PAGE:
the MATLAB library is invoked to obtain the root locus and bode plot responses with both R and RL load. The plots

seen in figs.5 to 8 correspond to an operating point of 4kW.

The compensator is designed to bring them into the stable domain as observed from Figs 5 and 7. The

developed approach extracts positive values for phase and gain margins thus highlighting its stability in the

frequency domain. The entries in Table 1 include the load current , output voltage, gain and phase margins and

crossover frequencies, both in the open and closed loop over a range of RL load powers. The closely regulated

output voltages and the positive gain and phase margins bring out the effective role of the proposed compensating

feedback technique.

Power

Load voltage

Gain margin

Phase cross

over

frequency

Gain cross

over

frequency

25.84

1.2104

1.2105

1.2037104

1.2972105

1.0838104

1.2973105

1.4245103

1.3463105

1.755104

1.2855105

Closed

Loop(v)

Load Current

(amperes)

(watts)

Open

Loop(v)

Phase

margin

1000

265.67

233.11

4.45

604.09

2000

260.76

232.23

8.86

420.33

24.17

3000

253.22

231.36

13.25

376.23

24.47

4000

244.09

230.50

17.60

221.93

24.57

5000

235.14

229.65

21.92

221.93

23.57

CONCLUSION

The role of DC-DC converters have been expanding over a period of time. The advent of solid state

switches has facilitated their smooth operation. However knowledge of the viable range of operation would be

handy to prevent undesirable states of operation. The incorporation of the control techniques in the analysis of such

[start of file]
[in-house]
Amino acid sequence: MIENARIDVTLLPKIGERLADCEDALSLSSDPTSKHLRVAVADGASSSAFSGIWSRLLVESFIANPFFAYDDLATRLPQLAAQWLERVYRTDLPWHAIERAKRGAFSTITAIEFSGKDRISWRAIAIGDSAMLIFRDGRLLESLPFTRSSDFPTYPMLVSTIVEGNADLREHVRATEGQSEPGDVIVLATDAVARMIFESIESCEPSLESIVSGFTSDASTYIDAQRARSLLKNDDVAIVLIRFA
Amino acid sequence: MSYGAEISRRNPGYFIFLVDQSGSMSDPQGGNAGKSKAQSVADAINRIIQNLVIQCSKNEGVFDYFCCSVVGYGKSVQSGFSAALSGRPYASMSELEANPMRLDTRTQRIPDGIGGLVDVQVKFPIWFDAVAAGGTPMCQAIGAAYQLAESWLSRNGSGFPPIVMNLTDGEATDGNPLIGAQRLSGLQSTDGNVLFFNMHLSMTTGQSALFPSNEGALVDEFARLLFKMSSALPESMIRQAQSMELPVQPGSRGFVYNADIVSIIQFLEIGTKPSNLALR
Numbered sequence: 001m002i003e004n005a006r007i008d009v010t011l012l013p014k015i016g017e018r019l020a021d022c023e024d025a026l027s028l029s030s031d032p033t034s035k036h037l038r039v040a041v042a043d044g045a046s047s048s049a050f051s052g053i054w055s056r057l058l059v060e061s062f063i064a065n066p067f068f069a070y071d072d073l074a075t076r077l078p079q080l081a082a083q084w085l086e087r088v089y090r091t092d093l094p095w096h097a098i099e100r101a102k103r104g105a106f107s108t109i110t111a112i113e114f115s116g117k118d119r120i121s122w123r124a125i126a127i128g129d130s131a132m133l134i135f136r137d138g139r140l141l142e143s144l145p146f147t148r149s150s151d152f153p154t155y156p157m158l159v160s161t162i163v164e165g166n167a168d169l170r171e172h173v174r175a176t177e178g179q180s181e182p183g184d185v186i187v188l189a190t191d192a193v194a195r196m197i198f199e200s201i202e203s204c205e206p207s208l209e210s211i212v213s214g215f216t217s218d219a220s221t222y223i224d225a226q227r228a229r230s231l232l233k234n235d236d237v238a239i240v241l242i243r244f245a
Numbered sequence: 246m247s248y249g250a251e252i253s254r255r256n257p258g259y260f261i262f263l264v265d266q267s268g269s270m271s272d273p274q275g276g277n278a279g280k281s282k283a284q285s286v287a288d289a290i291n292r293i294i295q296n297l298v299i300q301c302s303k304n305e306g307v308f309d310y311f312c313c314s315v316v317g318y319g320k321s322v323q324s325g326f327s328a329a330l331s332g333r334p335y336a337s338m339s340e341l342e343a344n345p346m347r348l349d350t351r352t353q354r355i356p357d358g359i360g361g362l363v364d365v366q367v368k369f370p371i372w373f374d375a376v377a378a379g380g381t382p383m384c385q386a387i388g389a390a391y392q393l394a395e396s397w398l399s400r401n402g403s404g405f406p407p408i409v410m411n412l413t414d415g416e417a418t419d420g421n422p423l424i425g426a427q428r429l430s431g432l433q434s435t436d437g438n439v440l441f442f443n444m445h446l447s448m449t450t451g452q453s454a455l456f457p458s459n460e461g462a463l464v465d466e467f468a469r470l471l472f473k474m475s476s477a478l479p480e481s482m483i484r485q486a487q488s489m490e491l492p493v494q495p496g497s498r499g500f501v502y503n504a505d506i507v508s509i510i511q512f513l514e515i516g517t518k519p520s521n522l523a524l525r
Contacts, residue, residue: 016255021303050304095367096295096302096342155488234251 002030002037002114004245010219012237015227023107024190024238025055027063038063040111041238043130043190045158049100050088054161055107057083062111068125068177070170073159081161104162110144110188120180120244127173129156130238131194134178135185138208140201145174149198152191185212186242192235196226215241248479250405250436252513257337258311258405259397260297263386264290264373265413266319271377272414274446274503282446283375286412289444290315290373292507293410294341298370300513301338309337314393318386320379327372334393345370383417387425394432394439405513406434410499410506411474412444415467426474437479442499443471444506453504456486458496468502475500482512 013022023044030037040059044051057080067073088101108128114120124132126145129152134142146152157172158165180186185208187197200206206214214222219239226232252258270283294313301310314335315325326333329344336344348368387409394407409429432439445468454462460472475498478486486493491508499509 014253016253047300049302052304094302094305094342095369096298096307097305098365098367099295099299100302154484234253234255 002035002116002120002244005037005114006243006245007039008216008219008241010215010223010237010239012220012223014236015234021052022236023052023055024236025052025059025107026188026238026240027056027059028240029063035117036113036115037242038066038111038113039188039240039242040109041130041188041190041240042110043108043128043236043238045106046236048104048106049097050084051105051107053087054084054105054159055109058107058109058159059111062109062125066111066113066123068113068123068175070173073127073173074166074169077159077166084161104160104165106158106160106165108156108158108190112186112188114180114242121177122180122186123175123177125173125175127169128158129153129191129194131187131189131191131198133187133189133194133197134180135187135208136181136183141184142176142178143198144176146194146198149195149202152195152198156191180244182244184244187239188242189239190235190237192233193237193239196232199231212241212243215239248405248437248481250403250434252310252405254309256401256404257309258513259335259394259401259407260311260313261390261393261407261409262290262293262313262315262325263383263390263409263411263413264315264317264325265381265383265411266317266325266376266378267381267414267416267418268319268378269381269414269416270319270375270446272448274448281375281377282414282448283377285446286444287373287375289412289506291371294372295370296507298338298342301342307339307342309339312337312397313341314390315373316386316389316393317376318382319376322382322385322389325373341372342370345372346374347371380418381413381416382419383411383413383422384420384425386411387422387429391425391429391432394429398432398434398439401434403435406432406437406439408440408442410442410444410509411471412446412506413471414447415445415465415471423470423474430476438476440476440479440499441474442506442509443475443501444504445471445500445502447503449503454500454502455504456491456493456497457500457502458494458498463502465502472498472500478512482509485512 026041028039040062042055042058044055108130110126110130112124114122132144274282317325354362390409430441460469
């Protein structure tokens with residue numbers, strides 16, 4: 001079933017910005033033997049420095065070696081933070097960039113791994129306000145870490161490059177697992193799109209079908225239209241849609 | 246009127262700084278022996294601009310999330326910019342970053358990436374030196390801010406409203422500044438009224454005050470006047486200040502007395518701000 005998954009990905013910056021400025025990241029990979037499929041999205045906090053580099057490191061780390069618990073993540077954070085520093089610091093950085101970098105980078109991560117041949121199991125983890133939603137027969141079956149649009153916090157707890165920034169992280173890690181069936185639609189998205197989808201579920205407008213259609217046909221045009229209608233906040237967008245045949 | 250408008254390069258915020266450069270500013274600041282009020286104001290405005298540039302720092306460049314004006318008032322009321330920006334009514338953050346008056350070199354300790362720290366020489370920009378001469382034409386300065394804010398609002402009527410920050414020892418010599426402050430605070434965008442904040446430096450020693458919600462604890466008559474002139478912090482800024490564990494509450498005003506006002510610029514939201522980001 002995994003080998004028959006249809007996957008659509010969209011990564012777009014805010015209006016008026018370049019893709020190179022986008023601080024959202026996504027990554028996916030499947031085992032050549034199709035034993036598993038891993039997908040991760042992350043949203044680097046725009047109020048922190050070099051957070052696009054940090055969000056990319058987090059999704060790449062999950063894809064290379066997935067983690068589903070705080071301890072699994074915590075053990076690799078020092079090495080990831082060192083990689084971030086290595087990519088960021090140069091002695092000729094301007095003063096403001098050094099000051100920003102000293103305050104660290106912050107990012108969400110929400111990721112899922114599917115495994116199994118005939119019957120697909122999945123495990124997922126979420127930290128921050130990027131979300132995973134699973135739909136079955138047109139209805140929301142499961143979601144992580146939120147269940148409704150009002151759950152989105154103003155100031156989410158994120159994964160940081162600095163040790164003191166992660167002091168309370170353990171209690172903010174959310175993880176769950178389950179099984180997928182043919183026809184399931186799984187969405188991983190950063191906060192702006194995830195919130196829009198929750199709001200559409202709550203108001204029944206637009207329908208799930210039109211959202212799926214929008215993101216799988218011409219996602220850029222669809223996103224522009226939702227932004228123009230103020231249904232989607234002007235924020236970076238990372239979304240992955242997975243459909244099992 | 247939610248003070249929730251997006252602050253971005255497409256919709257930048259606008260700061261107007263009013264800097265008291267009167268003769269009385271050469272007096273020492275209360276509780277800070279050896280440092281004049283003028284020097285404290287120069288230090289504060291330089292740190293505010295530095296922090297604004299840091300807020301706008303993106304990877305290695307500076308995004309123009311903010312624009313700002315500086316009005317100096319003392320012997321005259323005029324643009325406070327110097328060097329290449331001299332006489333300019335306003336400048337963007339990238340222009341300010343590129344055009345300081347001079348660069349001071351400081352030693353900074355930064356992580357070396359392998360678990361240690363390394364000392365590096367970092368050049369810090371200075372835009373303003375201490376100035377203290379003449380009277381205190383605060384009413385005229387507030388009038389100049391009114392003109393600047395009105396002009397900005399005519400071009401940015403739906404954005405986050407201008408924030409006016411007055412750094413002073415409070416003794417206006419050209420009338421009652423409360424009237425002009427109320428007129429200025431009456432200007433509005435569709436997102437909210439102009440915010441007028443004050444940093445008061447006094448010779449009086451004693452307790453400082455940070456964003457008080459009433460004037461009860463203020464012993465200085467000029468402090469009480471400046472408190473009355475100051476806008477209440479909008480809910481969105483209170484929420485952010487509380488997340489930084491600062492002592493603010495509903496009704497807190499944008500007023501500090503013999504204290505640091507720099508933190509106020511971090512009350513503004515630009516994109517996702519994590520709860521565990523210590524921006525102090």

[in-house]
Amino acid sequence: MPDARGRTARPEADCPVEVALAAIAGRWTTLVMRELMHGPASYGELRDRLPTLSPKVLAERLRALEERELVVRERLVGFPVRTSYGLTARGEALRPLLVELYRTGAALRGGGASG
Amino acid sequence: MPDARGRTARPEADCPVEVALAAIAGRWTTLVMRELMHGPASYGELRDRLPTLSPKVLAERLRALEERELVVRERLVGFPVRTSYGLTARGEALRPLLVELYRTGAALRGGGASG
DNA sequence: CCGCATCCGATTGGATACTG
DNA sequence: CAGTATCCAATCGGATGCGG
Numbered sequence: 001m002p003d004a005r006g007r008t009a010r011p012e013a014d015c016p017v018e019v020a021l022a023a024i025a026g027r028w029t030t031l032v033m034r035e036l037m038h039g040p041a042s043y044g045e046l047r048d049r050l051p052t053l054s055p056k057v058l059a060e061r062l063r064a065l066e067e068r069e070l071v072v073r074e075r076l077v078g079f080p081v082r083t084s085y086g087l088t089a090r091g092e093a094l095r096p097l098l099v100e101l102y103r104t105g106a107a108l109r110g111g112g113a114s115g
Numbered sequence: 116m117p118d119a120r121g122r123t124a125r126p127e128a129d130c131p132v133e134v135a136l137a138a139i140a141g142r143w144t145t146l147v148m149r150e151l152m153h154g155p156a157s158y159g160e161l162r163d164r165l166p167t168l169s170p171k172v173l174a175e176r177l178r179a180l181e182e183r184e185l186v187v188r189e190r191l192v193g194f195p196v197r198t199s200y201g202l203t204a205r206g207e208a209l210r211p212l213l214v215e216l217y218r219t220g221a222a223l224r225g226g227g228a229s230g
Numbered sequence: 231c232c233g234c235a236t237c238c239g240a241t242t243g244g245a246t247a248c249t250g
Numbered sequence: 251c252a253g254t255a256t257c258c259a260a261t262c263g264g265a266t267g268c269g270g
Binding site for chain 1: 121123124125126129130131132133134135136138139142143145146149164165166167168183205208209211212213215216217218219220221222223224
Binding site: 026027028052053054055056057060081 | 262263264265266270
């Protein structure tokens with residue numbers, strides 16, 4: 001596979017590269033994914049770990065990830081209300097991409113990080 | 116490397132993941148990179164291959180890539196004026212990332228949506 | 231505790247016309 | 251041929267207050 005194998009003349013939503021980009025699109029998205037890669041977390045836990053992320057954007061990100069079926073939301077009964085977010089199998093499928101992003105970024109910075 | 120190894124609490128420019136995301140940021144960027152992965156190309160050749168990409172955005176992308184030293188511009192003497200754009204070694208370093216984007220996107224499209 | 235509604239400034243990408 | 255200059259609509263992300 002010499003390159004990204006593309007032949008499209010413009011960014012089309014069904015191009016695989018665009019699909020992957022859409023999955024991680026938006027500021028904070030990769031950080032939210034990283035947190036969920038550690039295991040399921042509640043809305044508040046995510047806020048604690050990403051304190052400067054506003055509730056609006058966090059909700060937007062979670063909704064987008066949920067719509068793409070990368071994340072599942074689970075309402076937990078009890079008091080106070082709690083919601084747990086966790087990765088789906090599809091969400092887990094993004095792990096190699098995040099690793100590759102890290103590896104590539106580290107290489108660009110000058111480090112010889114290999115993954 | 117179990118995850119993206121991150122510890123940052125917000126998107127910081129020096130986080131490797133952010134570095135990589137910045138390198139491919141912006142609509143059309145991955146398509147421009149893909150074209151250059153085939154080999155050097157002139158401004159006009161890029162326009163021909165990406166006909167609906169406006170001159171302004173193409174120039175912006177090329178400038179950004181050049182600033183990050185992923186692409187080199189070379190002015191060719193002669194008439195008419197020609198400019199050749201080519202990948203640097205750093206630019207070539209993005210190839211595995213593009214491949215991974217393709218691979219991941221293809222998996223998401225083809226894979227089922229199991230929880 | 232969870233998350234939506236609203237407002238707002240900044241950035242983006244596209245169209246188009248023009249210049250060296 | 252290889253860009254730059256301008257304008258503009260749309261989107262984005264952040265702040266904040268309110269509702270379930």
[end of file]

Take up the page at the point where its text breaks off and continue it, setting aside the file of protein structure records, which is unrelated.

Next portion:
converters has been attempted and the results obtained will go a long way in the better and efficient use of such

power electronics entities.

REFERENCE

1. R.B.Ridley,A new, continuous-time model for current-mode control, IEEE Trans.Power Electronics,

vol.6,pp,271-280,Apr.1991.

2. Lee, Julie J.M.S.Egr., Dept of Electrical Engg.,Wright State University, 2007. Analysis of Small signal

Model PWM DC-DC Buck-Boost Converter in CCM.

3. Indian Institute of science,switched mode power conversion,section-5,Dc-DC converter dynamics.

4. Haifei Deng, Alex Q.Huang, Yan Ma,Frequency response analysis for switching converters in SPICE

without averaging , Center for power electronics systems,Dept of Electrical and Computer Engg.,Virginia

Polytechnic Institute and state university, Blacksburg.

5. Byungcho Choi, Member, IEEE, Bo H. Cho, Senior Member, IEEE, and Sung-Soo Hong, Dynamics and

Control of DC-to-DC Converters Driving Other Converters Downstream.

6. B. Choi, B. H. Cho, F. C. Lee, and R. B. Ridley, The stacked power system: A new power conditioning

architecture for mainframe computer systems, IEEE Trans. Power Electron., vol. 9, pp. 616623, Nov.

1994.

7. R. D. Middlebrook, Modeling current-programmed buck and boost regulators, IEEE Trans. Power

Electron., vol. 4, pp. 3652, Jan. 1989.

8. V. Vorperian, Simplified analysis of PWM converters using the model of PWM switchesPart I:

Continuous conduction mode, IEEE Trans.

9. Aerosp. Electron. Syst., vol. 26, pp. 490496, May 1990.1248 IEEE TRANSACTIONS ON CIRCUITS

AND SYSTEMSI: FUNDAMENTAL THEORY AND APPLICATIONS, VOL. 46, NO. 10, OCTOBER